For centuries Bangkok, Thailand's capital, was a city of boats. To travel from one part of Bangkok to another, Thai people paddled canoes along the Menam river and its canals. But late in the 19th century, the people adopted Western ways and modernised the city. The new city surrounded by high walls has been laid out around the royal palace and its parks. The modern aspect of Bangkok contrasts strangely with the 400 Buddhist temples, whose gilded spires and decorated roofs of carved teak wood are found everywhere.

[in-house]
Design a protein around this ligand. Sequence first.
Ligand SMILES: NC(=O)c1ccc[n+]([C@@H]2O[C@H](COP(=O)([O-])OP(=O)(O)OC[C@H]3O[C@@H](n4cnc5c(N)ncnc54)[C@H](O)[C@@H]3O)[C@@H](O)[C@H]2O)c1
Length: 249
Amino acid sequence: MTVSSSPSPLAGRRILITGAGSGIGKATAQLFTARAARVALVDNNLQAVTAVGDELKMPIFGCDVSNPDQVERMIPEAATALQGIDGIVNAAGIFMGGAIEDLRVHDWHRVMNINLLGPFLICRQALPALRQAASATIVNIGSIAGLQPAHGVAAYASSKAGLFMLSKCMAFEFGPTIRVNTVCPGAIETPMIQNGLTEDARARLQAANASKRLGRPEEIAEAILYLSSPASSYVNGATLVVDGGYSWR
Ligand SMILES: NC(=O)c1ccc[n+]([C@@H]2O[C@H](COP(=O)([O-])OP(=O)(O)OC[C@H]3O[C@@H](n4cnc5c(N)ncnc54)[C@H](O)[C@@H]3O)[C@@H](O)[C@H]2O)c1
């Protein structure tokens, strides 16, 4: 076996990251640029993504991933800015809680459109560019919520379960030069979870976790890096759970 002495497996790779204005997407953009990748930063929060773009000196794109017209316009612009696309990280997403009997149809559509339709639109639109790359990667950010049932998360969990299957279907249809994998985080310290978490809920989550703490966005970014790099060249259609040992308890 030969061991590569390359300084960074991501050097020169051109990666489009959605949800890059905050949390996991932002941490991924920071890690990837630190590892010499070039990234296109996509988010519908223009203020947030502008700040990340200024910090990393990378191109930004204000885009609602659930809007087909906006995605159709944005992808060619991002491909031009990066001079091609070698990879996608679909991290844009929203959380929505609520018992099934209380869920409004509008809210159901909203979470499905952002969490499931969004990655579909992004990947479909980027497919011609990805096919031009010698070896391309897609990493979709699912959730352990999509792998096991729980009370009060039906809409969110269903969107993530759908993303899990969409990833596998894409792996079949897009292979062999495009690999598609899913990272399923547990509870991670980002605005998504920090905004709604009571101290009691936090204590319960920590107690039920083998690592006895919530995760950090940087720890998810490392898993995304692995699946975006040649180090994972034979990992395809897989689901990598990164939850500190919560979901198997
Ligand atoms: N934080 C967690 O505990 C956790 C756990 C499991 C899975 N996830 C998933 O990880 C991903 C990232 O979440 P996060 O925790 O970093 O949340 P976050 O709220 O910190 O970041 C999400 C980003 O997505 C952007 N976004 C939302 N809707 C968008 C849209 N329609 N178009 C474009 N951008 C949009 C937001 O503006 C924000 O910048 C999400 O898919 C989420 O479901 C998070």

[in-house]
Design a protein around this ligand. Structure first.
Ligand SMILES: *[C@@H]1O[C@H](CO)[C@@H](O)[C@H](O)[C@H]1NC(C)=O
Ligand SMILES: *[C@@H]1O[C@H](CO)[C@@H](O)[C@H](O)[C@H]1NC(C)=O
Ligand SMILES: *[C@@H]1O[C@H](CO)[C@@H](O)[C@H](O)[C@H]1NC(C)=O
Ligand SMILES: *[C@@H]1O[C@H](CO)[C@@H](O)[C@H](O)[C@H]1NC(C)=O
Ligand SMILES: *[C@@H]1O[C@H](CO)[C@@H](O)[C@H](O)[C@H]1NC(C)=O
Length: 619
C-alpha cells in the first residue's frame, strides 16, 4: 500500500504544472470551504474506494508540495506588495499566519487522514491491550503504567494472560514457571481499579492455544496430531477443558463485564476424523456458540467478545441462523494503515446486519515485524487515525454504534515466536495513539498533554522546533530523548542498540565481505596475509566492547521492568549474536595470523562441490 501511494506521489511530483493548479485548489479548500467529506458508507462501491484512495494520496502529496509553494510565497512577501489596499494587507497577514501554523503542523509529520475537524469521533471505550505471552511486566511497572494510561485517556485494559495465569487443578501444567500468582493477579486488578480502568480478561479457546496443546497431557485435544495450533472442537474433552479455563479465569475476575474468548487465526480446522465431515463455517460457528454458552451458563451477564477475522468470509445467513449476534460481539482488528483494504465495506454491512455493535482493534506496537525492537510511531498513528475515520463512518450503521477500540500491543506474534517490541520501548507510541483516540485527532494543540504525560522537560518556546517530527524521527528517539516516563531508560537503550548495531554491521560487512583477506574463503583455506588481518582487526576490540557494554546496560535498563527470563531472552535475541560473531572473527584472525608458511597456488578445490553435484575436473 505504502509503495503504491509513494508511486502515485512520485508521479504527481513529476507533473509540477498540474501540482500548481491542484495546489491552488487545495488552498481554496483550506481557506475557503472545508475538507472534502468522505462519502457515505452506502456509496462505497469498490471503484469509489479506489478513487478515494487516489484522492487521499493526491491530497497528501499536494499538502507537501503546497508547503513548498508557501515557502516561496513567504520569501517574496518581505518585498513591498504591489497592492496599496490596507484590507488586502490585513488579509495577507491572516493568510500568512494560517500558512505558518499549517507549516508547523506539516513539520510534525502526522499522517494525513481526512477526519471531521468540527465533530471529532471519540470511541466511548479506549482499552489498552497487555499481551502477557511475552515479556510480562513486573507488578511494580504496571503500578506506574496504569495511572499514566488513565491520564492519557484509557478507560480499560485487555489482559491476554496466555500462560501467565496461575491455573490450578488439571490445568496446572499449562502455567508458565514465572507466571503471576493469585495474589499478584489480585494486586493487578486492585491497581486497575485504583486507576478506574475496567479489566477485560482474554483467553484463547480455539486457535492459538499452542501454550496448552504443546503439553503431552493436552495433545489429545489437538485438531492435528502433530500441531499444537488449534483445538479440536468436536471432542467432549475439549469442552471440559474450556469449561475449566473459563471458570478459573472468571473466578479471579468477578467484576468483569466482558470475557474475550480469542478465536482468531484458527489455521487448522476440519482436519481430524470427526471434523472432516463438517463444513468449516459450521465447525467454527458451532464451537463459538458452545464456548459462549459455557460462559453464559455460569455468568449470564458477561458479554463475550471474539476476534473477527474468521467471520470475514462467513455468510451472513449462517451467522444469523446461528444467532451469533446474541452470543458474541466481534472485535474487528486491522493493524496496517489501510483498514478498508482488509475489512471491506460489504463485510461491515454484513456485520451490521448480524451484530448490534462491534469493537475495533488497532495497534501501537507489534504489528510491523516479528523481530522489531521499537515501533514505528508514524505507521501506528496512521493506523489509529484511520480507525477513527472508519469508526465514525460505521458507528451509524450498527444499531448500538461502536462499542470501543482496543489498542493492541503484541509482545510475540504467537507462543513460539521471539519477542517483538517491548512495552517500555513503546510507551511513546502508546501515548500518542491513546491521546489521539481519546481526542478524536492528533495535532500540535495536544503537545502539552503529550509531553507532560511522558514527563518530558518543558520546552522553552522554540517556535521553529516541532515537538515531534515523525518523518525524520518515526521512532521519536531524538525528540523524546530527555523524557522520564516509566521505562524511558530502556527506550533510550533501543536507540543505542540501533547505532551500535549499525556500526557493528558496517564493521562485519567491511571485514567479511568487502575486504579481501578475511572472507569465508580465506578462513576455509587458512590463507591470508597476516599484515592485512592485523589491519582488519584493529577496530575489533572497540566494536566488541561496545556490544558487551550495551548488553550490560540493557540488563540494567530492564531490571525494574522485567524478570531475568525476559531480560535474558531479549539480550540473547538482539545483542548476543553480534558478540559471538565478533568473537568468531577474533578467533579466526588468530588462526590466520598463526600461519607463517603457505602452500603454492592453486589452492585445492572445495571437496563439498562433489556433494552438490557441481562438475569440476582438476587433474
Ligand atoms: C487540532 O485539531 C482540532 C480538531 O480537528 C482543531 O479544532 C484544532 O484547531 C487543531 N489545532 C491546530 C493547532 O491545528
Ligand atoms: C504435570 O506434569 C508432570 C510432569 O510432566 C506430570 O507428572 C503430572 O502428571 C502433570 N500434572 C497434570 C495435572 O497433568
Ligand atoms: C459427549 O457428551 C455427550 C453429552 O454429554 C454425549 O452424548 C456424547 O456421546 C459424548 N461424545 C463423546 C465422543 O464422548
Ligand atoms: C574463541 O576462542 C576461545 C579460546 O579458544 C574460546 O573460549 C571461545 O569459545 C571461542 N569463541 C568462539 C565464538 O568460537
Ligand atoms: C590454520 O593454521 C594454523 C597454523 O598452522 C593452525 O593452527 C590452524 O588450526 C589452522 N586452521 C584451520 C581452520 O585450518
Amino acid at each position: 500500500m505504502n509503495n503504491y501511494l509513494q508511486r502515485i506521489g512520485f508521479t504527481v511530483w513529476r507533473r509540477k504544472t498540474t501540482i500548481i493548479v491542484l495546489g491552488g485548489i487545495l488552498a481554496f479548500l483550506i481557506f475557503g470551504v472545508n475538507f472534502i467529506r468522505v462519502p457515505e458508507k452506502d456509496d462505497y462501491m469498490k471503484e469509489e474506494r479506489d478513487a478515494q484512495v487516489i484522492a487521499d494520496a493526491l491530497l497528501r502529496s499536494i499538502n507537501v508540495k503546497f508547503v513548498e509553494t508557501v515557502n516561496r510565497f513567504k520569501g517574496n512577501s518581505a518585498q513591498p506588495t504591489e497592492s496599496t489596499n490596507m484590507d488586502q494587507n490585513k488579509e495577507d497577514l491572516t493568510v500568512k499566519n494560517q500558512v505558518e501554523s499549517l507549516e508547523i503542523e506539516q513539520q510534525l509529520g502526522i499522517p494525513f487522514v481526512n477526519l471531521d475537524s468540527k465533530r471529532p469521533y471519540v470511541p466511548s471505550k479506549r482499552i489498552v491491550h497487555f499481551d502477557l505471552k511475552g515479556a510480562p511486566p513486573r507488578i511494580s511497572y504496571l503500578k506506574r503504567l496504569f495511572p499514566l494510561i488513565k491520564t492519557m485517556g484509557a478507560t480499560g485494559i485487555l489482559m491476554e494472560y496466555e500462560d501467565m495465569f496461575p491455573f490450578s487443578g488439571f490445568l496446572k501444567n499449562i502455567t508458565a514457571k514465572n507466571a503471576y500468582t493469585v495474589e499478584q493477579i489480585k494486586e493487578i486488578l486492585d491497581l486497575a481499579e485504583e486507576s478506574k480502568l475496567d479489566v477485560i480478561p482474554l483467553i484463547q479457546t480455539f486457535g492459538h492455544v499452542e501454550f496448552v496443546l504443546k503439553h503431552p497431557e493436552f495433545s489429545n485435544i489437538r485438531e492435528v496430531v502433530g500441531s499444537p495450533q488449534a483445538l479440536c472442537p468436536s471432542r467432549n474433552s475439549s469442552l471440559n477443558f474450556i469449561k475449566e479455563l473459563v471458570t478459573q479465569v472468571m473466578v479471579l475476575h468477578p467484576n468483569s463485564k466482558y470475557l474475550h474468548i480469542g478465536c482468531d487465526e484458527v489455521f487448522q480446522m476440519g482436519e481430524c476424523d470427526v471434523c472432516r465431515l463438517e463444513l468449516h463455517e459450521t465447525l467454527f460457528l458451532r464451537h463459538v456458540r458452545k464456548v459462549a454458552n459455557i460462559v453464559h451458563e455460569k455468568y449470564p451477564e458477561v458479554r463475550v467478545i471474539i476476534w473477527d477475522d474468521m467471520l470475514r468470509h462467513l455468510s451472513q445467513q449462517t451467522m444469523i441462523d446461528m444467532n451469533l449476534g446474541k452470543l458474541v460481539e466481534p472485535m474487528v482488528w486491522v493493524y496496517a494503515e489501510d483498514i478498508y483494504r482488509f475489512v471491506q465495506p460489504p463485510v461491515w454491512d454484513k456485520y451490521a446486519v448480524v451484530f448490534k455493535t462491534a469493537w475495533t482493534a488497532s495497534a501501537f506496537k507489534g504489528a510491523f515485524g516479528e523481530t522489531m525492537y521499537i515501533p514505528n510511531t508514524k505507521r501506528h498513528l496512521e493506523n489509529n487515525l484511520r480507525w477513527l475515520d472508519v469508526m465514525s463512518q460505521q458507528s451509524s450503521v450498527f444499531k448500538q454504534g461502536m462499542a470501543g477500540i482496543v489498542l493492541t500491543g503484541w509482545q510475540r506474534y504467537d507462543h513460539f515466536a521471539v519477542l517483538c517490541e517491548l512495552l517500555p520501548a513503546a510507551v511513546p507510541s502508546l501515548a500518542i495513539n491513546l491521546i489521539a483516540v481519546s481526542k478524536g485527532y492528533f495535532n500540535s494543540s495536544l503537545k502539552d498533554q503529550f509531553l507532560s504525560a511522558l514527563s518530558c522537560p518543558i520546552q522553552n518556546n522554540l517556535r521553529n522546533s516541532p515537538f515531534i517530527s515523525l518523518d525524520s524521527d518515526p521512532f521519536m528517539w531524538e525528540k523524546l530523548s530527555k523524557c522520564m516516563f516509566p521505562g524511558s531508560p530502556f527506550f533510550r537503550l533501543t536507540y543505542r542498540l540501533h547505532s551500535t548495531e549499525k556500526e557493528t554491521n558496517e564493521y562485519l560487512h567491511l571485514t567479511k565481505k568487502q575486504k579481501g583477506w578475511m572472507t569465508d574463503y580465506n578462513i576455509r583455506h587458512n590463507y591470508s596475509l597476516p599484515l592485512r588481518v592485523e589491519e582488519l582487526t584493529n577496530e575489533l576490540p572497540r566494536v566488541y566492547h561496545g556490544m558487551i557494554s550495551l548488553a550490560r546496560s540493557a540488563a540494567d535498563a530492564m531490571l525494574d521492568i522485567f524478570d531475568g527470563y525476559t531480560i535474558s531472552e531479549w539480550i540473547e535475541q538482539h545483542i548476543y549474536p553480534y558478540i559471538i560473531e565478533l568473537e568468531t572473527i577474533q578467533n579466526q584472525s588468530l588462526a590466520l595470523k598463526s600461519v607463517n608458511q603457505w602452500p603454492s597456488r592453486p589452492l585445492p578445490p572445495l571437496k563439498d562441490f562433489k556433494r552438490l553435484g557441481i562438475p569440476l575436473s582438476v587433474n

Caren Weiner Campbell writes on art for the New York Times. Having edited several guides on Asia, she went on to travel throughout the continent. Her descriptions of Bangkok convey her passion for the city's unique culture.
Klaus H. Carl is the author of numerous works on the history of great cities, and is also a well-known photographer of flora and fauna. A teacher by profession, he is currently devoting himself to a monumental history of art.
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